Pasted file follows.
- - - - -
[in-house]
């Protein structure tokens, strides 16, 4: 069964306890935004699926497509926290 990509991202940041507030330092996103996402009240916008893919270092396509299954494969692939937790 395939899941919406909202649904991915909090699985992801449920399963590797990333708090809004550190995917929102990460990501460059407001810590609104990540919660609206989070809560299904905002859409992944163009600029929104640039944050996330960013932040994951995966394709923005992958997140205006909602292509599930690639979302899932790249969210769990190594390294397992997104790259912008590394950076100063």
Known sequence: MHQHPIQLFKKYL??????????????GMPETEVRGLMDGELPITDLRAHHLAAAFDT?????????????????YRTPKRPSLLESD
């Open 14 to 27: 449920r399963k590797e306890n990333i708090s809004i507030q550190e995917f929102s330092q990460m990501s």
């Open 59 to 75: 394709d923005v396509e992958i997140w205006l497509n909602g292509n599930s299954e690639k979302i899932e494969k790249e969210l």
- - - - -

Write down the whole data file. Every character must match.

[in-house]
């Protein structure tokens, strides 16, 4: 069964306890935004699926497509926290 990509991202940041507030330092996103996402009240916008893919270092396509299954494969692939937790 395939899941919406909202649904991915909090699985992801449920399963590797990333708090809004550190995917929102990460990501460059407001810590609104990540919660609206989070809560299904905002859409992944163009600029929104640039944050996330960013932040994951995966394709923005992958997140205006909602292509599930690639979302899932790249969210769990190594390294397992997104790259912008590394950076100063």
Known sequence: MHQHPIQLFKKYL??????????????GMPETEVRGLMDGELPITDLRAHHLAAAFDT?????????????????YRTPKRPSLLESD
């Open 14 to 27: 449920r399963k590797e306890n990333i708090s809004i507030q550190e995917f929102s330092q990460m990501s």
């Open 59 to 75: 394709d923005v396509e992958i997140w205006l497509n909602g292509n599930s299954e690639k979302i899932e494969k790249e969210l």